Ecology & Evolutionary Biology 110b, “Environmental Science,” was easily the worst class I have taken at Yale. It wasn’t just Robert Dorit’s inept lecturing or excessive preaching of socialism. While these were probably enough to doom the course, its fate was sealed by the apathy of the students.
If you asked the members of the overflowing lecture and sections why they were taking the course, at least half would give you the same answer: “I needed a Group IV, and this was the only Credit/D course that fit my schedule.” I know this because I was one of those students, and having been part of the Credit/D/Fail problem, I want to become part of the solution.
Credit/D/Fail policy was originally instituted in an attempt to encourage students to explore new fields without fear of adverse consequences for their employment and graduate school opportunities. This feature continues to be the policy’s greatest advantage. Yet the Credit/D/Fail option condones mediocrity, rewarding A work and C- work with the same mark on the student’s transcript. What is one student’s opportunity for adventure becomes another’s incentive for complacency.
Yesterday’s masthead editorial (“Cleaning up the Credit/D/Fail mess,” 4/16) was correct that Credit/D/Fail’s disadvantages outweigh its advantages. Less-than-serious students gravitate toward classes offered Credit/D/Fail, decreasing those classes’ quality of student participation and written work and detracting from the classroom experience of all students.
Understandably, those professors for those courses stop offering classes Credit/D/Fail, resulting in a greater concentration of “slackers” in the remaining Credit/D/Fail classes and pressuring those professors in turn to remove the Credit/D/Fail option. While the caliber of student work and participation eventually returns to normal, the opportunity for exploration disappears, and the Credit/D/Fail system loses its value.
In an effort to retain Credit/D/Fail’s advantages while eliminating its drawbacks, I would suggest a new policy: replacing students’ Credit/D/Fail options with an equal number of opportunities to take courses on a “non-major” basis.
Students electing the non-major option for a given course would receive a letter grade accompanied by a mark of “non-major” on the transcript section where “Credit/D/Fail” currently appears. While all student grades would be awarded according to the traditional five-letter system, non-major enrollees would be graded separately from those enrolled for normal credit.
In large introductory classes where grades are typically “scaled” based on problem sets and exams, non-major enrollees would receive grades based on their performance relative to fellow non-majors, whereas students enrolled for normal credit would be judged against one another.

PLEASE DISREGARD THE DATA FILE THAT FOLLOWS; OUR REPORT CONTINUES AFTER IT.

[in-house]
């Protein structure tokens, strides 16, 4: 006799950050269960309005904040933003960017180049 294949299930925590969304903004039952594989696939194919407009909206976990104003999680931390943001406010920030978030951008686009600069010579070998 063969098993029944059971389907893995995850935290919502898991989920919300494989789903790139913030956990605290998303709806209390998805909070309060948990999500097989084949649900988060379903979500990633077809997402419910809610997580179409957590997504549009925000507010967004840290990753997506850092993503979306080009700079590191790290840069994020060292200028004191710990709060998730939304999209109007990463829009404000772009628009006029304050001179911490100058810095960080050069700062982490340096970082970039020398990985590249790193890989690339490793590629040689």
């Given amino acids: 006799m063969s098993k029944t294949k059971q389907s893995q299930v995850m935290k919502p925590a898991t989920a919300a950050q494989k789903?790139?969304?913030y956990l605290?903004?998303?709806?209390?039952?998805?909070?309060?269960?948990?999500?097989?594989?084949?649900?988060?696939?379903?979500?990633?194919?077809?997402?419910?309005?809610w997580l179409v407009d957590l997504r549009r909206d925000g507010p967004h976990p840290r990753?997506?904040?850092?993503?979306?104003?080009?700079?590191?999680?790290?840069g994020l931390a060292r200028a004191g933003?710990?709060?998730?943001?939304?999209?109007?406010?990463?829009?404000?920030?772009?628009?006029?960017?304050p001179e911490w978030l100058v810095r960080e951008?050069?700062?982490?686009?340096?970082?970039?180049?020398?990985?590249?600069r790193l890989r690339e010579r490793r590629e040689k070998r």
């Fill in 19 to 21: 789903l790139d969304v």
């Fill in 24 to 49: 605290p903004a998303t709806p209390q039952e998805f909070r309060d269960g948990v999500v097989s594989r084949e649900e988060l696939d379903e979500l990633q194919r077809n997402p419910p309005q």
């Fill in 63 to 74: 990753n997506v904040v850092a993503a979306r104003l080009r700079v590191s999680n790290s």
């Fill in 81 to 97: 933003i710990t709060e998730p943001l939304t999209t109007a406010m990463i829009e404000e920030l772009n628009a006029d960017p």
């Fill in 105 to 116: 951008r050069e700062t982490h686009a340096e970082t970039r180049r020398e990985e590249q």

In smaller courses where papers factor into students’ grades, non-majors’ written work would be graded on a rubric less rigorous than that used for normal students. The non-major option thus retains an incentive to submit quality work while protecting less experienced students from the competition common within majors.
As is obvious, the non-major option would not be open to students currently majoring in a course’s field. In addition, to discourage students from abusing the system by delaying their choice of major in an effort to obtain better grades, a course’s non-major electors who later choose to major in its field would not be allowed to count the course toward their major’s requirements.
This system is not right for every course. Many professors, especially those who lead smaller lectures and seminars, will doubtless object to the “double standard” described above, even if that standard is noted and explained on transcripts. In many cases, they have good reason to do so: some classes are simply not meant for exploration. Advanced courses are meant to call for specialized and detailed investigation of their subject, and for these courses the only appropriate standard is one that assesses whether the student has paid the subject the rigorous attention it deserves. Professors are best able to determine how much focus their courses demand, and Yale should continue to offer them the option of exempting their courses from the non-major policy.
By restoring the letter system’s distinction between students who dedicate themselves to their studies and those who do just enough to get by, the non-major policy would restore the incentive to submit quality work, in addition to having the likely effect of improved attendance and participation. At the same time, removing the competition from students experienced — and often obsessed — in their majors would allow for serious exploration by students genuinely seeking experience outside their primary field of study.
Ned Andrews is a junior in Saybrook College.